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South Korea said Thursday it would set up a fund this year to prepare for eventual reunification with North Korea, as the death of the North's longtime leader Kim Jong-Il refocused attention on the issue.
The unification ministry, which handles cross-border relations, said one of its policy priorities this year was practical preparations for reunification including the fund.
In a policy document it also vowed actively to engage in "reunification diplomacy" by garnering international support for Seoul's policies and seeking to share the experiences of Germany.
The ministry gave no details of who would pay into the fund, which has been previously mentioned, or its size.
The issue of how to finance the potentially huge cost of reunification came to the fore in 2010 when the South's President Lee Myung-Bak proposed a special tax.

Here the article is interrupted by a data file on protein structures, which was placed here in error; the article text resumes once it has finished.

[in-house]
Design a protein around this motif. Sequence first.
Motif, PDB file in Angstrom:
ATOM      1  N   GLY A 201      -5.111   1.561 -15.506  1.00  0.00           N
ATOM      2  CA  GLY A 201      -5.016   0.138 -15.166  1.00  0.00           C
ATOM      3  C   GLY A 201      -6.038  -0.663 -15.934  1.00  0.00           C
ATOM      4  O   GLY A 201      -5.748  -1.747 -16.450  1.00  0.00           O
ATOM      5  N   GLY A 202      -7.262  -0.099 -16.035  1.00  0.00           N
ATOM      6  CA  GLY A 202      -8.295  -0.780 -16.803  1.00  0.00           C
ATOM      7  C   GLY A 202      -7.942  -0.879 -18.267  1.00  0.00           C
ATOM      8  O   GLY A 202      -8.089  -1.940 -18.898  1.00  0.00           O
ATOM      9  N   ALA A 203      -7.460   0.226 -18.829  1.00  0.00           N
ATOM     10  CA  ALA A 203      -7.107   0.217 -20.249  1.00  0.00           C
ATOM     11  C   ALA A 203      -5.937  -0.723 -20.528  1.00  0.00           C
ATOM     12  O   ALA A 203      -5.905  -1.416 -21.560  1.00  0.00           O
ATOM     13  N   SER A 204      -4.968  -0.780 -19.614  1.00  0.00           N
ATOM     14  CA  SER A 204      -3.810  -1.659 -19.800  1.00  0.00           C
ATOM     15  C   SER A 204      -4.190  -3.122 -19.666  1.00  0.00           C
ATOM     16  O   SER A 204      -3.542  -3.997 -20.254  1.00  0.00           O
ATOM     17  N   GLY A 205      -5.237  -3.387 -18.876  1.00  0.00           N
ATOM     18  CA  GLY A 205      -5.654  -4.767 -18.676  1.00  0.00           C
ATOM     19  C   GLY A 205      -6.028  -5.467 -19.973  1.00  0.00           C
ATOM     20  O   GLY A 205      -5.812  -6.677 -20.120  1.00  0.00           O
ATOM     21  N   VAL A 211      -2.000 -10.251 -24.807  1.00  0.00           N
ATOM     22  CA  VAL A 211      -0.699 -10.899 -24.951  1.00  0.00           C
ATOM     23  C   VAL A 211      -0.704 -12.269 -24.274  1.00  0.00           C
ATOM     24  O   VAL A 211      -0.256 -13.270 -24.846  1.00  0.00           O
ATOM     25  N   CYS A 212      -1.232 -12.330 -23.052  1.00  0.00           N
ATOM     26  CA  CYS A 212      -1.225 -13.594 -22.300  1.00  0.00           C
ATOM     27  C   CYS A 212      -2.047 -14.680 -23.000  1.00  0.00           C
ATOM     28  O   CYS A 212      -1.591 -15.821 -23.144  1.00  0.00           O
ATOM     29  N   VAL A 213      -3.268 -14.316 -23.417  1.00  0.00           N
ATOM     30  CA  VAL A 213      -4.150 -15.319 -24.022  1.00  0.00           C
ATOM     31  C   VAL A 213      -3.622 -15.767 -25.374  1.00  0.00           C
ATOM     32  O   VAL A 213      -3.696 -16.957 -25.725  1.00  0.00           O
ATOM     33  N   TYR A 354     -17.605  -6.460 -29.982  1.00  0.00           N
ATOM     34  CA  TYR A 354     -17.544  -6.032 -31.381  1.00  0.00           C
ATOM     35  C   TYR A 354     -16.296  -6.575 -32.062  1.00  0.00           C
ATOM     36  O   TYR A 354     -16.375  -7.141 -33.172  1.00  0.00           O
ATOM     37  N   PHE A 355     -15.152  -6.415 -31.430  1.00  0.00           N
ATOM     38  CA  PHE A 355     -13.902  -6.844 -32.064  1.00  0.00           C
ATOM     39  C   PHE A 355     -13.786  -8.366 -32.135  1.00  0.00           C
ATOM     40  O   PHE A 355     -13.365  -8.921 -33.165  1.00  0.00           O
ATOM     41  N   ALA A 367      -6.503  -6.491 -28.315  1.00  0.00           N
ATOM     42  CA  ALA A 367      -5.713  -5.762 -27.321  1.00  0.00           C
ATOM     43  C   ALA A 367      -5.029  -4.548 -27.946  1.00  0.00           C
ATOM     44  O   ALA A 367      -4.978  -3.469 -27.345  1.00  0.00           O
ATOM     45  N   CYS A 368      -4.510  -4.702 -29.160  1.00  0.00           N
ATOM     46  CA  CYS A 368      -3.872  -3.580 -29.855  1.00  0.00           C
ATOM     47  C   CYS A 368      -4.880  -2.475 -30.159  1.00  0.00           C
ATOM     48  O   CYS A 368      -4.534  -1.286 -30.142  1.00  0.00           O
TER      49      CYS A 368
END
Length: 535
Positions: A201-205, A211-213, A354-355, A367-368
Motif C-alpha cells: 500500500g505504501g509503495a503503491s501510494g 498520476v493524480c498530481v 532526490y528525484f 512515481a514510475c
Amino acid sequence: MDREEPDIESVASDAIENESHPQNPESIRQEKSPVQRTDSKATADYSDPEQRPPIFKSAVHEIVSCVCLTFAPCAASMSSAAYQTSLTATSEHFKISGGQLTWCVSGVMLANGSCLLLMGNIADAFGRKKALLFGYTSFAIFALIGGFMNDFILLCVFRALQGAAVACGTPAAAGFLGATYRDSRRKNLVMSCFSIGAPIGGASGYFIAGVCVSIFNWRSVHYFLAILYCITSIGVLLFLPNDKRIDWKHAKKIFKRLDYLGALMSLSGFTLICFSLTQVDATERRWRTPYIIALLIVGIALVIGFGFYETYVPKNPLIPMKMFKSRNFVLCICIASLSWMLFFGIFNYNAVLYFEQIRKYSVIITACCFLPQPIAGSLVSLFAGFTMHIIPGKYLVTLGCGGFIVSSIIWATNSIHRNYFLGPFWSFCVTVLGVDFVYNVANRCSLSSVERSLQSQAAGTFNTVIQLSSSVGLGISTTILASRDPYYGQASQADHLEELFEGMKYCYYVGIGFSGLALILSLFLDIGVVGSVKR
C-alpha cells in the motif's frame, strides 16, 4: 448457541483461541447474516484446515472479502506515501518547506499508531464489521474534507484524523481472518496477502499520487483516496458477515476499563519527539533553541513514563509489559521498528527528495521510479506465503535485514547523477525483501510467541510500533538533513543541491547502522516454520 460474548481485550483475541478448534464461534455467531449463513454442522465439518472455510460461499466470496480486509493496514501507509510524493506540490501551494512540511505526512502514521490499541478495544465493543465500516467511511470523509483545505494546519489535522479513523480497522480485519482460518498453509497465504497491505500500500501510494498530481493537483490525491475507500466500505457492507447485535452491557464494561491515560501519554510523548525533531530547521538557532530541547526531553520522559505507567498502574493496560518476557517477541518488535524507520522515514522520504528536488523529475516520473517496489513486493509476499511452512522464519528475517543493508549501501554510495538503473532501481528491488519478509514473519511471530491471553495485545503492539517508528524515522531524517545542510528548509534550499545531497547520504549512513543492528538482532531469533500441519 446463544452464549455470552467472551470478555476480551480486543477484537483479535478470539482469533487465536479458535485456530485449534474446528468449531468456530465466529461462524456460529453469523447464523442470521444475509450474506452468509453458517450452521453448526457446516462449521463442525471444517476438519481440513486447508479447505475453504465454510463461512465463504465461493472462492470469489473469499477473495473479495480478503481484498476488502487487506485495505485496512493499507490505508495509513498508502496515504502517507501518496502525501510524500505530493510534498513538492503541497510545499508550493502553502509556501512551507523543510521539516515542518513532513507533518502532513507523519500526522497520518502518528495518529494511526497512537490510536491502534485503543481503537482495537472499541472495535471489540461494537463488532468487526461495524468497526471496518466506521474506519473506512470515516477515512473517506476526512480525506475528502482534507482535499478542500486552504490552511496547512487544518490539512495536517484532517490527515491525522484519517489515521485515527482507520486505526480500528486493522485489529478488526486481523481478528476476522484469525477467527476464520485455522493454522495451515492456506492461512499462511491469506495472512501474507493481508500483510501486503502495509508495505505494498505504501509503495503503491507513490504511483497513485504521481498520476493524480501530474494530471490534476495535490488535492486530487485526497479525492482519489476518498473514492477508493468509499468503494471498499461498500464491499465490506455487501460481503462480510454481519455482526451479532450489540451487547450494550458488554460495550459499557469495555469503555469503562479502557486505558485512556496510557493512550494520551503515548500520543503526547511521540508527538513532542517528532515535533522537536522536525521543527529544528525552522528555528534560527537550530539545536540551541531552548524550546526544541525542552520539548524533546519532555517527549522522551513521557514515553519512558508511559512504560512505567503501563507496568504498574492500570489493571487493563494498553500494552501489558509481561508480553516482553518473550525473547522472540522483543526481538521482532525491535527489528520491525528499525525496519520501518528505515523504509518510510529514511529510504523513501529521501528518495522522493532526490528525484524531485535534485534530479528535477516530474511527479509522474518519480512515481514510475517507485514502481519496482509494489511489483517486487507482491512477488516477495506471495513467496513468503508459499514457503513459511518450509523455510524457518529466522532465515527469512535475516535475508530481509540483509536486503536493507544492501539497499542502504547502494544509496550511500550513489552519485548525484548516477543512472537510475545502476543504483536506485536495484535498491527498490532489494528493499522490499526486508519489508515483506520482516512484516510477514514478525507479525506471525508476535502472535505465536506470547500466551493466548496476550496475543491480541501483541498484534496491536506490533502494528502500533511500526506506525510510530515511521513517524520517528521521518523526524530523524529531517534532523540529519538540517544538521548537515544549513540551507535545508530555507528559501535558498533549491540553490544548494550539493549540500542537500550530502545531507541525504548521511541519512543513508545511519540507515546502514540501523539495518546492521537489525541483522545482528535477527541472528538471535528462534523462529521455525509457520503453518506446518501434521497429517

Estimates vary widely on the cost of reuniting the prosperous South and the impoverished North, which have grown apart for the past six decades.
Per capita income in the communist North is about five percent of that in the capitalist South.
A study sponsored by the ministry has estimated that basic welfare spending on North Koreans would cost 55 trillion won (ê48 billion) for the first year after reunification.
The first-year figure could rise to 249 trillion won (ê217 billion) -- almost one quarter of the South's 2010 national economic output -- if medical costs, pensions and other benefits were factored in.
Kim Jong-Il's death on December 17 and the power transfer to his young and untested son Jong-Un has revived debate on eventual reunification.
Surveys before Kim's death showed waning enthusiasm among South Koreans, especially the young.
Unification Minister Yu Woo-Ik on Wednesday described the reluctance for reunification among young people as "very worrisome", stressing that the long-term benefits would outweigh costs.
"Reunification is not a matter of choice but something we must do... it will be a cowardly historical act if we avoid reunification because of money," Yu said in a speech to college students.
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